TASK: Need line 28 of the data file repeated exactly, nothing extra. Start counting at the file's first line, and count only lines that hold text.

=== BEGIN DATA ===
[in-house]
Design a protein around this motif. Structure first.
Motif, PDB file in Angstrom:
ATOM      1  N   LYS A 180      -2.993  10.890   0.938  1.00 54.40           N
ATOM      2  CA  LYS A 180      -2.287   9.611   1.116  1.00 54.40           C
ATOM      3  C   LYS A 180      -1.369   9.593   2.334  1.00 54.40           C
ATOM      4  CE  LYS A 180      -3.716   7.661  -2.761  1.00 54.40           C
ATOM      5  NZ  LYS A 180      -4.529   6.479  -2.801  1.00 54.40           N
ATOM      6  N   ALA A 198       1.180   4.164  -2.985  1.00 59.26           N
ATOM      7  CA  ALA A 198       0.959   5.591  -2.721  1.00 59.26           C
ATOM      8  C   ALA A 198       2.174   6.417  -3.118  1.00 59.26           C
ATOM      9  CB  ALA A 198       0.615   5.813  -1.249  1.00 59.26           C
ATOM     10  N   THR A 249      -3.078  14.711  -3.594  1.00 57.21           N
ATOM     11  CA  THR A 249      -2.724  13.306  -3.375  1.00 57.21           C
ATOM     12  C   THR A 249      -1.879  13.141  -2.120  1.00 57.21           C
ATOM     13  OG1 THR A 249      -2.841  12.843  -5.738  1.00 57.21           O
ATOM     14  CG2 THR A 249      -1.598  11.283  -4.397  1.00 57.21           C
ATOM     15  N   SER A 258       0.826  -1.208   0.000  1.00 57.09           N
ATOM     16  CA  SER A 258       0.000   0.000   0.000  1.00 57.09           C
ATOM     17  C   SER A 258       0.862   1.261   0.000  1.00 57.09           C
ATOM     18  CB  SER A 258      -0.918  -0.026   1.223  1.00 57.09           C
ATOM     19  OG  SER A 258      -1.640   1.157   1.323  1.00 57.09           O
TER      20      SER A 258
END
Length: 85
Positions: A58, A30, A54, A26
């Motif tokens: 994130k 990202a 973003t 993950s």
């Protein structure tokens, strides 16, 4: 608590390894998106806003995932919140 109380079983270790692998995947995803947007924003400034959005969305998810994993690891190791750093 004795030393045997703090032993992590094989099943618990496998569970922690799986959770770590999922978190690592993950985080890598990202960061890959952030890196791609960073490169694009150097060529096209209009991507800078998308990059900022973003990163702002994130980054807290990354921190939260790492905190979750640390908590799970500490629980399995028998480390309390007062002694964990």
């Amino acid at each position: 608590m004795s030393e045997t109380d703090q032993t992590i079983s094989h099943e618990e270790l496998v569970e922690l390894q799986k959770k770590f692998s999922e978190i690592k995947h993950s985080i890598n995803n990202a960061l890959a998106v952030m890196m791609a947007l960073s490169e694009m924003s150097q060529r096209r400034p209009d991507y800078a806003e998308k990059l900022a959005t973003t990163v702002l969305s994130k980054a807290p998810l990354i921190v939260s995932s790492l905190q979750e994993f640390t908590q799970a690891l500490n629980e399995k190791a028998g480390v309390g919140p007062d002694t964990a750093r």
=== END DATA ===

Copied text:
């Protein structure tokens, strides 16, 4: 608590390894998106806003995932919140 109380079983270790692998995947995803947007924003400034959005969305998810994993690891190791750093 004795030393045997703090032993992590094989099943618990496998569970922690799986959770770590999922978190690592993950985080890598990202960061890959952030890196791609960073490169694009150097060529096209209009991507800078998308990059900022973003990163702002994130980054807290990354921190939260790492905190979750640390908590799970500490629980399995028998480390309390007062002694964990």